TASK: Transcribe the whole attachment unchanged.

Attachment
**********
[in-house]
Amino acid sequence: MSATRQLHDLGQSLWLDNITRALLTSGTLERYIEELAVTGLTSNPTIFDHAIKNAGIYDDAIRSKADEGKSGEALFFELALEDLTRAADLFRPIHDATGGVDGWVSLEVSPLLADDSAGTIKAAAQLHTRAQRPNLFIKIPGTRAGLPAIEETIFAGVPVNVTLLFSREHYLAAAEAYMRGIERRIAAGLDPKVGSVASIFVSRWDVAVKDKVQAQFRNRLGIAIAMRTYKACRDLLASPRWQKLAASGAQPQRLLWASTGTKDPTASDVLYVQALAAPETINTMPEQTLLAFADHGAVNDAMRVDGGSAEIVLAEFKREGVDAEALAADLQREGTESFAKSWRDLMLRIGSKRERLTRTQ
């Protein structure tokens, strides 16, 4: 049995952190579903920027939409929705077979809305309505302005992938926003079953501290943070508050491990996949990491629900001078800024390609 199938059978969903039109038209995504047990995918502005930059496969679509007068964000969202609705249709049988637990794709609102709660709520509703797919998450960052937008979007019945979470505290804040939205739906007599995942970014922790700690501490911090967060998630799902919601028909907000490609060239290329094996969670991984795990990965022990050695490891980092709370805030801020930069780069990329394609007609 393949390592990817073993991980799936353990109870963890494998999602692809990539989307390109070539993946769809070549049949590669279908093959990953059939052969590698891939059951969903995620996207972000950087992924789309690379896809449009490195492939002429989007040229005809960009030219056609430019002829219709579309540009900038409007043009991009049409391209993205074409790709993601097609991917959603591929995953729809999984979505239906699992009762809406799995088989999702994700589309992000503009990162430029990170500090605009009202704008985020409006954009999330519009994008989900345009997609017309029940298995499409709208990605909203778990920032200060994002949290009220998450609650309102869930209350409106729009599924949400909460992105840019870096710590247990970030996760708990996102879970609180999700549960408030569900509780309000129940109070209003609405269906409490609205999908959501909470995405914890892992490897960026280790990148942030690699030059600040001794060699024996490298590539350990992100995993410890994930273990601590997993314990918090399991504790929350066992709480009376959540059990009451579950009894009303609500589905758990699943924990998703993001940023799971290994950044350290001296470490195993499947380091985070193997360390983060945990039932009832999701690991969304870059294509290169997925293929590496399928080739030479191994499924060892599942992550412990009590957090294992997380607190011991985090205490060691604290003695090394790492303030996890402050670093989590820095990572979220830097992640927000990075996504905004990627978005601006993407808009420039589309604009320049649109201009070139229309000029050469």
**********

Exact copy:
[in-house]
Amino acid sequence: MSATRQLHDLGQSLWLDNITRALLTSGTLERYIEELAVTGLTSNPTIFDHAIKNAGIYDDAIRSKADEGKSGEALFFELALEDLTRAADLFRPIHDATGGVDGWVSLEVSPLLADDSAGTIKAAAQLHTRAQRPNLFIKIPGTRAGLPAIEETIFAGVPVNVTLLFSREHYLAAAEAYMRGIERRIAAGLDPKVGSVASIFVSRWDVAVKDKVQAQFRNRLGIAIAMRTYKACRDLLASPRWQKLAASGAQPQRLLWASTGTKDPTASDVLYVQALAAPETINTMPEQTLLAFADHGAVNDAMRVDGGSAEIVLAEFKREGVDAEALAADLQREGTESFAKSWRDLMLRIGSKRERLTRTQ
């Protein structure tokens, strides 16, 4: 049995952190579903920027939409929705077979809305309505302005992938926003079953501290943070508050491990996949990491629900001078800024390609 199938059978969903039109038209995504047990995918502005930059496969679509007068964000969202609705249709049988637990794709609102709660709520509703797919998450960052937008979007019945979470505290804040939205739906007599995942970014922790700690501490911090967060998630799902919601028909907000490609060239290329094996969670991984795990990965022990050695490891980092709370805030801020930069780069990329394609007609 393949390592990817073993991980799936353990109870963890494998999602692809990539989307390109070539993946769809070549049949590669279908093959990953059939052969590698891939059951969903995620996207972000950087992924789309690379896809449009490195492939002429989007040229005809960009030219056609430019002829219709579309540009900038409007043009991009049409391209993205074409790709993601097609991917959603591929995953729809999984979505239906699992009762809406799995088989999702994700589309992000503009990162430029990170500090605009009202704008985020409006954009999330519009994008989900345009997609017309029940298995499409709208990605909203778990920032200060994002949290009220998450609650309102869930209350409106729009599924949400909460992105840019870096710590247990970030996760708990996102879970609180999700549960408030569900509780309000129940109070209003609405269906409490609205999908959501909470995405914890892992490897960026280790990148942030690699030059600040001794060699024996490298590539350990992100995993410890994930273990601590997993314990918090399991504790929350066992709480009376959540059990009451579950009894009303609500589905758990699943924990998703993001940023799971290994950044350290001296470490195993499947380091985070193997360390983060945990039932009832999701690991969304870059294509290169997925293929590496399928080739030479191994499924060892599942992550412990009590957090294992997380607190011991985090205490060691604290003695090394790492303030996890402050670093989590820095990572979220830097992640927000990075996504905004990627978005601006993407808009420039589309604009320049649109201009070139229309000029050469």